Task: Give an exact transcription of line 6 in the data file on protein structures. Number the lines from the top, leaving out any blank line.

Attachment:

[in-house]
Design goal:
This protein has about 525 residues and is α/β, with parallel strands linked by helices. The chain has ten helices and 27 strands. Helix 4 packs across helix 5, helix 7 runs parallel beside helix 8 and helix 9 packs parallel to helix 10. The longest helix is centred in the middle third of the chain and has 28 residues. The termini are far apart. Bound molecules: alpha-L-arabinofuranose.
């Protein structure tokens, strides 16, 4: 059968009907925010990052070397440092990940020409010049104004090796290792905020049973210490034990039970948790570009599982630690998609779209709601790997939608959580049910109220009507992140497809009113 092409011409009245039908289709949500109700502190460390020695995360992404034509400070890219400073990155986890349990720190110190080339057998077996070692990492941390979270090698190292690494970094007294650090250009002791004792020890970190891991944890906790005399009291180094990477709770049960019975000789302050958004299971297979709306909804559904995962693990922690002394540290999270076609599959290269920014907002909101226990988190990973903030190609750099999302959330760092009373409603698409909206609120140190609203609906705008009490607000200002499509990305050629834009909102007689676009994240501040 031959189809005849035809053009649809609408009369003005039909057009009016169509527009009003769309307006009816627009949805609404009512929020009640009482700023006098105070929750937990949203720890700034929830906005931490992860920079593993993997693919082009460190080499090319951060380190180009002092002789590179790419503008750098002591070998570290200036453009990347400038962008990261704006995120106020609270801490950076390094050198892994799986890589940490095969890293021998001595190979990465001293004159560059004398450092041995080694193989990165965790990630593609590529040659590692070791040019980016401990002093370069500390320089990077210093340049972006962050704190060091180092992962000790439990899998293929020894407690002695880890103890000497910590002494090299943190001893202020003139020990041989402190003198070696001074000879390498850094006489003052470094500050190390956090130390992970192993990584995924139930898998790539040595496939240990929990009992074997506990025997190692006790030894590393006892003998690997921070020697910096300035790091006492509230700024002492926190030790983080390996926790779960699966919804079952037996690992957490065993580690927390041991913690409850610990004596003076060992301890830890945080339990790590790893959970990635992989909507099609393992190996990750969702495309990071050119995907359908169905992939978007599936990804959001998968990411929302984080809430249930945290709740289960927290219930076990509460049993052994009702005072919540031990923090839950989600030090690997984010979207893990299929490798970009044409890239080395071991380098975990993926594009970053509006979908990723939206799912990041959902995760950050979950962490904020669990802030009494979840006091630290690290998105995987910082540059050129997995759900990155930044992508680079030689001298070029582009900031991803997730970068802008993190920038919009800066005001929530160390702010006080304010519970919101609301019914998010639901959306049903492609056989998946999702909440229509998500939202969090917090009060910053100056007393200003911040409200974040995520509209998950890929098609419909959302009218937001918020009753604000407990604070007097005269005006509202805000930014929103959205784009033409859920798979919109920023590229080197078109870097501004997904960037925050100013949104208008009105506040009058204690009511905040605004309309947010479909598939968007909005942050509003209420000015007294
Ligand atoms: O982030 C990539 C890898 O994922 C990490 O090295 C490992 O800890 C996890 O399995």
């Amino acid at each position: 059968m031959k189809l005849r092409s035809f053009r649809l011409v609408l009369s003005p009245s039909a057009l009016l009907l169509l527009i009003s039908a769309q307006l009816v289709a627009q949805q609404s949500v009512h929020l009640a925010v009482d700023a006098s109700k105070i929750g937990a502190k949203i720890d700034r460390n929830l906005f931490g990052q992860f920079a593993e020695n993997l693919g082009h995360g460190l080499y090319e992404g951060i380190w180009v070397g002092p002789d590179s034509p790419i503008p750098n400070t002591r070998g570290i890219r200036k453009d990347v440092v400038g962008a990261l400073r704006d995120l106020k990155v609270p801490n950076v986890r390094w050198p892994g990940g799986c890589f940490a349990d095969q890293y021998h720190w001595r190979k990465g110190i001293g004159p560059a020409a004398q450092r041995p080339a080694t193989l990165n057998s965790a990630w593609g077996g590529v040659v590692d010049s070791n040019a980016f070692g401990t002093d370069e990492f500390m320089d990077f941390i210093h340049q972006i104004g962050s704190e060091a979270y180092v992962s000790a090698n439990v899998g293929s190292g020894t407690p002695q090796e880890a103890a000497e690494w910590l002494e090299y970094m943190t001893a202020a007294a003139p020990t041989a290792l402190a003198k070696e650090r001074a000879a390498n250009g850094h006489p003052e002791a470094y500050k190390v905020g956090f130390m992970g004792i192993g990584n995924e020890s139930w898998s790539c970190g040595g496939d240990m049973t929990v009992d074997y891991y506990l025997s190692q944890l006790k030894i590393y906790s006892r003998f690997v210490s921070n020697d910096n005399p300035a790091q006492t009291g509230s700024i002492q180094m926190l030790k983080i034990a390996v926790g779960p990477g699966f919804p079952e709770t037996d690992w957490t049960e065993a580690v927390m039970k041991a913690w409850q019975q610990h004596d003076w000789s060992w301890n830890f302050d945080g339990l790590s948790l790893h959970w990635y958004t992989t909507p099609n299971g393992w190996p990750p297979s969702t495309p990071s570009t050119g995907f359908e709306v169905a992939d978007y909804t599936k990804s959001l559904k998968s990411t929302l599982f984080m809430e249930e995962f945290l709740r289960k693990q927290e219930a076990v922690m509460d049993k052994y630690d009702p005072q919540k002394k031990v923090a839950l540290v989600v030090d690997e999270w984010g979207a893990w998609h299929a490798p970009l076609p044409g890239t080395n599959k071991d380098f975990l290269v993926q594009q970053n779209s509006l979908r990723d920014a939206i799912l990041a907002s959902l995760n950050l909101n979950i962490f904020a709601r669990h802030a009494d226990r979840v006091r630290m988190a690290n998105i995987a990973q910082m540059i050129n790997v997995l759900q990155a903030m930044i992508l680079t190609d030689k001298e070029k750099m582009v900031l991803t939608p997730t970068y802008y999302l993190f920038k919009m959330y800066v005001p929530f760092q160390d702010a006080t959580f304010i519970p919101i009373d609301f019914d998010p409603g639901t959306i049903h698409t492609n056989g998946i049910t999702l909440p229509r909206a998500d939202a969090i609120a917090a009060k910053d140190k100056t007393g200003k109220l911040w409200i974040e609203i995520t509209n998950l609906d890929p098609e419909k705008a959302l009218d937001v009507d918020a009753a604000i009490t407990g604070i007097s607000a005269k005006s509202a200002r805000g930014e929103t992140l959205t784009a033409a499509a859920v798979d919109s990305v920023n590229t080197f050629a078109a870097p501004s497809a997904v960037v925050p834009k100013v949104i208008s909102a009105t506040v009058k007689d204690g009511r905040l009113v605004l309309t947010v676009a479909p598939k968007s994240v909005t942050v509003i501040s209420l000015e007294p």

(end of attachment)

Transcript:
């Amino acid at each position: 059968m031959k189809l005849r092409s035809f053009r649809l011409v609408l009369s003005p009245s039909a057009l009016l009907l169509l527009i009003s039908a769309q307006l009816v289709a627009q949805q609404s949500v009512h929020l009640a925010v009482d700023a006098s109700k105070i929750g937990a502190k949203i720890d700034r460390n929830l906005f931490g990052q992860f920079a593993e020695n993997l693919g082009h995360g460190l080499y090319e992404g951060i380190w180009v070397g002092p002789d590179s034509p790419i503008p750098n400070t002591r070998g570290i890219r200036k453009d990347v440092v400038g962008a990261l400073r704006d995120l106020k990155v609270p801490n950076v986890r390094w050198p892994g990940g799986c890589f940490a349990d095969q890293y021998h720190w001595r190979k990465g110190i001293g004159p560059a020409a004398q450092r041995p080339a080694t193989l990165n057998s965790a990630w593609g077996g590529v040659v590692d010049s070791n040019a980016f070692g401990t002093d370069e990492f500390m320089d990077f941390i210093h340049q972006i104004g962050s704190e060091a979270y180092v992962s000790a090698n439990v899998g293929s190292g020894t407690p002695q090796e880890a103890a000497e690494w910590l002494e090299y970094m943190t001893a202020a007294a003139p020990t041989a290792l402190a003198k070696e650090r001074a000879a390498n250009g850094h006489p003052e002791a470094y500050k190390v905020g956090f130390m992970g004792i192993g990584n995924e020890s139930w898998s790539c970190g040595g496939d240990m049973t929990v009992d074997y891991y506990l025997s190692q944890l006790k030894i590393y906790s006892r003998f690997v210490s921070n020697d910096n005399p300035a790091q006492t009291g509230s700024i002492q180094m926190l030790k983080i034990a390996v926790g779960p990477g699966f919804p079952e709770t037996d690992w957490t049960e065993a580690v927390m039970k041991a913690w409850q019975q610990h004596d003076w000789s060992w301890n830890f302050d945080g339990l790590s948790l790893h959970w990635y958004t992989t909507p099609n299971g393992w190996p990750p297979s969702t495309p990071s570009t050119g995907f359908e709306v169905a992939d978007y909804t599936k990804s959001l559904k998968s990411t929302l599982f984080m809430e249930e995962f945290l709740r289960k693990q927290e219930a076990v922690m509460d049993k052994y630690d009702p005072q919540k002394k031990v923090a839950l540290v989600v030090d690997e999270w984010g979207a893990w998609h299929a490798p970009l076609p044409g890239t080395n599959k071991d380098f975990l290269v993926q594009q970053n779209s509006l979908r990723d920014a939206i799912l990041a907002s959902l995760n950050l909101n979950i962490f904020a709601r669990h802030a009494d226990r979840v006091r630290m988190a690290n998105i995987a990973q910082m540059i050129n790997v997995l759900q990155a903030m930044i992508l680079t190609d030689k001298e070029k750099m582009v900031l991803t939608p997730t970068y802008y999302l993190f920038k919009m959330y800066v005001p929530f760092q160390d702010a006080t959580f304010i519970p919101i009373d609301f019914d998010p409603g639901t959306i049903h698409t492609n056989g998946i049910t999702l909440p229509r909206a998500d939202a969090i609120a917090a009060k910053d140190k100056t007393g200003k109220l911040w409200i974040e609203i995520t509209n998950l609906d890929p098609e419909k705008a959302l009218d937001v009507d918020a009753a604000i009490t407990g604070i007097s607000a005269k005006s509202a200002r805000g930014e929103t992140l959205t784009a033409a499509a859920v798979d919109s990305v920023n590229t080197f050629a078109a870097p501004s497809a997904v960037v925050p834009k100013v949104i208008s909102a009105t506040v009058k007689d204690g009511r905040l009113v605004l309309t947010v676009a479909p598939k968007s994240v909005t942050v509003i501040s209420l000015e007294p």